5 Things Washington: ACA lawsuit, Election night coverage, My COVID experience

Our registration for our 2020 Washington State of Reform Virtual Health Policy Conference is now up and available! Our Early Bird rates are about half of what they were in the in-person setting, but we’re limited to only 1,000 registrants this year.

Now, we may only have me and a few other folks with us! I don’t take anything for granted. But, our other virtual events have been running at about 33% greater registration than in year’s past. So, given that we had 950 registered to be with us in January, please don’t take for granted that we will have an open ‘seat’ for you. We are likely to sell out this event well in advance.

So, get signed up to be with us for this two-day event! We’d be honored to have you with us.





With help from Emily Boerger

1. What’s at stake in ACA lawsuit?

Next month, the US Supreme Court will take up the California v. Texas lawsuit which threatens to dismantle the ACA. Ahead of this, Gov. Jay Inslee, Insurance Commissioner Mike Kreidler, and Washington Health Benefit Exchange CEO Pam MacEwan sent a letter to Washington’s US Senators highlighting the potential “widespread and devastating” impacts on Washington if the Supreme Court strikes down the law.

The letter states that 625,000 Washingtonians who became newly eligible for Medicaid under the ACA would lose coverage, resulting in a $3.6 billion annual loss in federal funding. Without the ACA, 140,000 residents who rely on federal subsidies to purchase qualified health plans on the Exchange would lose the financial help. The state leaders anticipate a total loss of over $4.2 billion annually in federal funds for residents who receive low-cost or free coverage under the ACA.

2. Election night show on TVW

In collaboration with TVW, next week I will host a three-hour “Election Night in Washington” show broadcast via TVW .

I expect most outlets will be covering the national election. In contract, we’ll focus most of our time covering the unique stories, people and races in Washington State, providing what we think will be the most comprehensive coverage of Washington State elections on Election Night. We will also be going ‘on the ground’ in states with key US Senate races, like Alaska, Arizona, Texas and Colorado to let you know how things are playing out for control of the Senate.

So, we’d love to have you join us at TVW during Election Night! Watch the national returns for national news. But, when you want to get up to date on what’s happening in Washington State, tune in to TVW or go to www.washingtonstatewire.com where we will have the latest.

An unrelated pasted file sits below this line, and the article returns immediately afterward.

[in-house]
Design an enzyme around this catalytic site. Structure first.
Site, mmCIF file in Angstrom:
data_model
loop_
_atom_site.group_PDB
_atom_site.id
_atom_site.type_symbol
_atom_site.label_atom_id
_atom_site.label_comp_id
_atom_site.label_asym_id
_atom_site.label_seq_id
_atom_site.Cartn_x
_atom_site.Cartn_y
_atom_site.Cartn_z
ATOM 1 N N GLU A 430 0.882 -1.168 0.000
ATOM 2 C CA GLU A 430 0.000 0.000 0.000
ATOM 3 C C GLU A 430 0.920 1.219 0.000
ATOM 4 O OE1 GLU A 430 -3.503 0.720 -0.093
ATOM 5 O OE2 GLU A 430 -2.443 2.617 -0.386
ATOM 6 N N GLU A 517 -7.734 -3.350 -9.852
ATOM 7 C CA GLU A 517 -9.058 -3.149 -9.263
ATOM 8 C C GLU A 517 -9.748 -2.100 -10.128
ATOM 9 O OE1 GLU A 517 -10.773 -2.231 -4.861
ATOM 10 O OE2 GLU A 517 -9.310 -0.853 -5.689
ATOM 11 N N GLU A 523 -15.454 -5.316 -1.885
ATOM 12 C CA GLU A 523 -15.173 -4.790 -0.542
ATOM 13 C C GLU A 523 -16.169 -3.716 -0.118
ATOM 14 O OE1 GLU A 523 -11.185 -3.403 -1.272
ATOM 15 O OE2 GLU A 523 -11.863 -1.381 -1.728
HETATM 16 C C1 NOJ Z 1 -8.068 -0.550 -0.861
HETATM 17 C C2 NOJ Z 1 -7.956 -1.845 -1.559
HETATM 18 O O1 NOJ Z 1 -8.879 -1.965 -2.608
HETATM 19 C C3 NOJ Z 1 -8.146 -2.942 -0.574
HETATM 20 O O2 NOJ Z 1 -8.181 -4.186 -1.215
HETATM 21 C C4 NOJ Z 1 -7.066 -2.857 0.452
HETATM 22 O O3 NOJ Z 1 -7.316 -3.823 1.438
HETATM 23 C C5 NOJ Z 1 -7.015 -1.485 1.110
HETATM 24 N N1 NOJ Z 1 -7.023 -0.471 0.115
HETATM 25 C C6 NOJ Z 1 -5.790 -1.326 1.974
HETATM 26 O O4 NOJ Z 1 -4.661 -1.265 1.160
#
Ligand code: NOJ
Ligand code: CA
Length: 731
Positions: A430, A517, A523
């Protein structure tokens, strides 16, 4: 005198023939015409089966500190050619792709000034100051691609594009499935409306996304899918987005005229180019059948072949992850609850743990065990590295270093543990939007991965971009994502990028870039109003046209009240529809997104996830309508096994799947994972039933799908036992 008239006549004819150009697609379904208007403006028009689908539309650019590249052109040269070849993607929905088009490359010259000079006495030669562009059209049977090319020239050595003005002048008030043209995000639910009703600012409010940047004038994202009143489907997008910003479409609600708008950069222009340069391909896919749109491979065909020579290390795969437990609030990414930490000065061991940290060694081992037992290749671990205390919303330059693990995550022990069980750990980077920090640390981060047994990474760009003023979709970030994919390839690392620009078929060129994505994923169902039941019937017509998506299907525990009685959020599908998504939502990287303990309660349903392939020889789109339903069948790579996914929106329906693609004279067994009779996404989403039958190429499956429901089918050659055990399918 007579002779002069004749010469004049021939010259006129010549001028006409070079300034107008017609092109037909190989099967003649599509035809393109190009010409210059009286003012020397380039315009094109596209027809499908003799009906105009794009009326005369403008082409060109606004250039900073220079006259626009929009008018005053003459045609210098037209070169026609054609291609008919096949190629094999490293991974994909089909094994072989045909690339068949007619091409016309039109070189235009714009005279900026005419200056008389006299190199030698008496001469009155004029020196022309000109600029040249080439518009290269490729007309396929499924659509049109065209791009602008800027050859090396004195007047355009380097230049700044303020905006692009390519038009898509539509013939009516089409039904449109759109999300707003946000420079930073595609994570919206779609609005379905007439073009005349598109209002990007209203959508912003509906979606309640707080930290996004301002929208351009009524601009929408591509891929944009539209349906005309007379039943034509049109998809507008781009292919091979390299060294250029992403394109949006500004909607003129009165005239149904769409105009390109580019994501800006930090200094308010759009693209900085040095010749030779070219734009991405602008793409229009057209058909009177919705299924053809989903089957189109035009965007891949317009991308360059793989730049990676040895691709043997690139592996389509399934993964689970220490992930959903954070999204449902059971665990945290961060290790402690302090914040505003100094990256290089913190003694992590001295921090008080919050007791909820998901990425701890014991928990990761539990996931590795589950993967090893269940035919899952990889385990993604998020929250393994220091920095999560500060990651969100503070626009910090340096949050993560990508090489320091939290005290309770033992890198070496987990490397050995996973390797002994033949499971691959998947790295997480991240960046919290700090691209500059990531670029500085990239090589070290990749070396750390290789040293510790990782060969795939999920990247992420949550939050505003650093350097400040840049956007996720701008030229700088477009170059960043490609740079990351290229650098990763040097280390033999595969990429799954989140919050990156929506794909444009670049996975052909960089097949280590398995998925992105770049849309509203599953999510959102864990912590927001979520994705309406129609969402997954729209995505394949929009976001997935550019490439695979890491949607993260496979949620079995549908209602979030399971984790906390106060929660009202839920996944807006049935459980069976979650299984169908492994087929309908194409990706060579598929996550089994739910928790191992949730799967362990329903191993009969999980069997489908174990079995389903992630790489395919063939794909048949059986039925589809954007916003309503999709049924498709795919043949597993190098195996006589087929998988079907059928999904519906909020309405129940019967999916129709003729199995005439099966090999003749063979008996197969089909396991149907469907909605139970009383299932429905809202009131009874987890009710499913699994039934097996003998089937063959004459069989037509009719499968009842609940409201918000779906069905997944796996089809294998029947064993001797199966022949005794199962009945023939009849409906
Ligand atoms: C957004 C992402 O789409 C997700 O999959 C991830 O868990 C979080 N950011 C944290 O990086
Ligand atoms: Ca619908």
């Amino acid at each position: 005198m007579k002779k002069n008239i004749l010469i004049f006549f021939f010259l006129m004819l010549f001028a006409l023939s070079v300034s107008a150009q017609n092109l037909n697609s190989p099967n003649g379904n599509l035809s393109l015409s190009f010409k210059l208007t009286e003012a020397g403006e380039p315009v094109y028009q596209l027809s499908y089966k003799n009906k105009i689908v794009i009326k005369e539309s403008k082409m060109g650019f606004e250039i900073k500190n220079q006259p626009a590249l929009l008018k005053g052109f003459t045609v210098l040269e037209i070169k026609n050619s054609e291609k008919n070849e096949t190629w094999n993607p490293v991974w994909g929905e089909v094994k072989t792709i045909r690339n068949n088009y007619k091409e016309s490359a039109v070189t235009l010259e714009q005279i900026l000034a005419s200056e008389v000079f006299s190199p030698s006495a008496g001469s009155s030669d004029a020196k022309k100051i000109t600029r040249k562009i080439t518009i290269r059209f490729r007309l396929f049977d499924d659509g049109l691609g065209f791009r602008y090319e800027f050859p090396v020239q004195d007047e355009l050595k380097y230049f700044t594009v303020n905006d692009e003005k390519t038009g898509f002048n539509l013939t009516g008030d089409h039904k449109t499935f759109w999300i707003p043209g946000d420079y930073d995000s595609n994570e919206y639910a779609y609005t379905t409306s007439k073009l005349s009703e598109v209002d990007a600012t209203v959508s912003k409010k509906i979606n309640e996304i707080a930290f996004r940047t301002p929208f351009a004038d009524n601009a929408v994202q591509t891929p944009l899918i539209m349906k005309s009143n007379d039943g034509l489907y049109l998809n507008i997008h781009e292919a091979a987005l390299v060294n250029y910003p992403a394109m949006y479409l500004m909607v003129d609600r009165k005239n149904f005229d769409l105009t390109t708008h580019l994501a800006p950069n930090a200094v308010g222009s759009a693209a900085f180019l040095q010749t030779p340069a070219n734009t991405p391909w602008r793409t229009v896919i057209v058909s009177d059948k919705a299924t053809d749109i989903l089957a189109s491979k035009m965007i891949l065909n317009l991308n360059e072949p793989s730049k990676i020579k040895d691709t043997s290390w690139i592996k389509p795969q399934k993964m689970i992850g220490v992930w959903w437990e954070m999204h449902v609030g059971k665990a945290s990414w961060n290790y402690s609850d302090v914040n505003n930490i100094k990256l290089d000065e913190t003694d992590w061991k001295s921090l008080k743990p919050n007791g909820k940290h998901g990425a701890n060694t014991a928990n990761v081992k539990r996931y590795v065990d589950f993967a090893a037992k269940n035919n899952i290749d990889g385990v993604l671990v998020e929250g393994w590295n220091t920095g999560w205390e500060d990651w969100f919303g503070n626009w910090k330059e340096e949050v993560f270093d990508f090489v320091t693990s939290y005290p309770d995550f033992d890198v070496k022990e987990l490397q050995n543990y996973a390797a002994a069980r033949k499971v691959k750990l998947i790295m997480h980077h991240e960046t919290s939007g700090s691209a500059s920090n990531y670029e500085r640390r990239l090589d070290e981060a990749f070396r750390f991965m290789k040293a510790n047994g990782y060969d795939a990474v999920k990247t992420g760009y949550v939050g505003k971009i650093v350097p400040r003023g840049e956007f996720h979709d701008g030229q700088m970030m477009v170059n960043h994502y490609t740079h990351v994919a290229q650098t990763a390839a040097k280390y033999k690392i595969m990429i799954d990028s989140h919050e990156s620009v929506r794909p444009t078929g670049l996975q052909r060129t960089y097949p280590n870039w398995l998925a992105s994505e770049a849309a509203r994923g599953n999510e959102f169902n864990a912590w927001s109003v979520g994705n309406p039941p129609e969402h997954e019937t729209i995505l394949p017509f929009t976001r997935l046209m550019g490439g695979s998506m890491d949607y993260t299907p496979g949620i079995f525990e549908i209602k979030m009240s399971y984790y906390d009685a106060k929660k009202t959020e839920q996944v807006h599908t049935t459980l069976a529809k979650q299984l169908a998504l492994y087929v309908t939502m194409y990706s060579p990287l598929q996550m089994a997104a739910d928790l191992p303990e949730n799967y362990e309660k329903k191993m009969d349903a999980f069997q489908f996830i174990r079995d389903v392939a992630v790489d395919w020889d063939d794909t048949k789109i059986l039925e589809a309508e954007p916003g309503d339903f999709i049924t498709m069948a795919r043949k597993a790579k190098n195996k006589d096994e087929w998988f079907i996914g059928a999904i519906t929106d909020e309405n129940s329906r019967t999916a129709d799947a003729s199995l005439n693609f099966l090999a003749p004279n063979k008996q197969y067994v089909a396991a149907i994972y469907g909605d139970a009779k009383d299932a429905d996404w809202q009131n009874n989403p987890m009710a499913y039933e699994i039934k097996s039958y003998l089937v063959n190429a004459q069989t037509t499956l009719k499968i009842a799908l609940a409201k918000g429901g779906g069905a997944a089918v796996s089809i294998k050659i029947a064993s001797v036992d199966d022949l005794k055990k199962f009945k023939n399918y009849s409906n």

3. BH task force discusses recommendations

The Behavioral Health Recovery System Transformation Task Force met on Friday to discuss the series of behavioral health recommendations they will submit to the governor’s office ahead of the legislative session. The list of recommendations up for consideration fall into three buckets: systems infrastructure, workforce, and physical infrastructure.

The committee discussed a wide range of recommendations including the creation of a real-time BH bed tracking system, the expansion of the Workforce Education Investment Act to provide free graduate tuition for students entering the BH field, and the identification of dedicated revenue sources to build supportive housing units. Support for the state’s behavioral health system will be even more critical as the impacts of COVID hit Washingtonians and as we settle into the “dark winter” expected in the months ahead.


4. I got COVID. Here’s what I learned.

Over the last few weeks, I was diagnosed with COVID. I quarantined in my home office with only light but still-worrying symptoms. But even more disappointing was my experience with the primary care and public health systems. I’ve written before about how good the care was for my uncle when he was 38 days on a ventilator.

But, it’s clear to me now that if you get COVID, you’re mostly on your own. Testing is still a mess in many cases, and varied across county lines. Even the protocols don’t seem to make sense. For example, if you come in contact with someone with COVID, but you test negative, the protocol is to quarantine for 14 days. If you test positive, you only need to quarantine for 10 days. I know the reasons why this might be the case still, but the gold standard is two negative tests about five days apart. With more testing, we can dispense with this 14-day requirement and better support people in managing through this crisis. Alas, even in ‘taking-this-very-seriously’ Washington, we still don’t have a coherent testing strategy.

5. Merkley says Dems want to ‘unrig’ the system

Last week I got the opportunity for an extended interview with US Sen. Jeff Merkley out of Oregon. The conversation – which touched on leadership, ending the filibuster, and what it’s like to serve in Congress in 2020 – was candid, unique, and informative.

Merkley says its time to unrig how the Senate works: “The Republican priorities take 51 votes, or 50 plus the vice president,” he said. “The Democrat priorities take 60 votes. The Senate is fundamentally rigged against policies to invest in the American people. In health care, housing, education, infrastructure, or to create quality of opportunity in civil rights, or LBGTQ rights or dreamers, or to take on the climate. So that inequality in how the Senate operates, that rigged Senate, has to be unrigged.”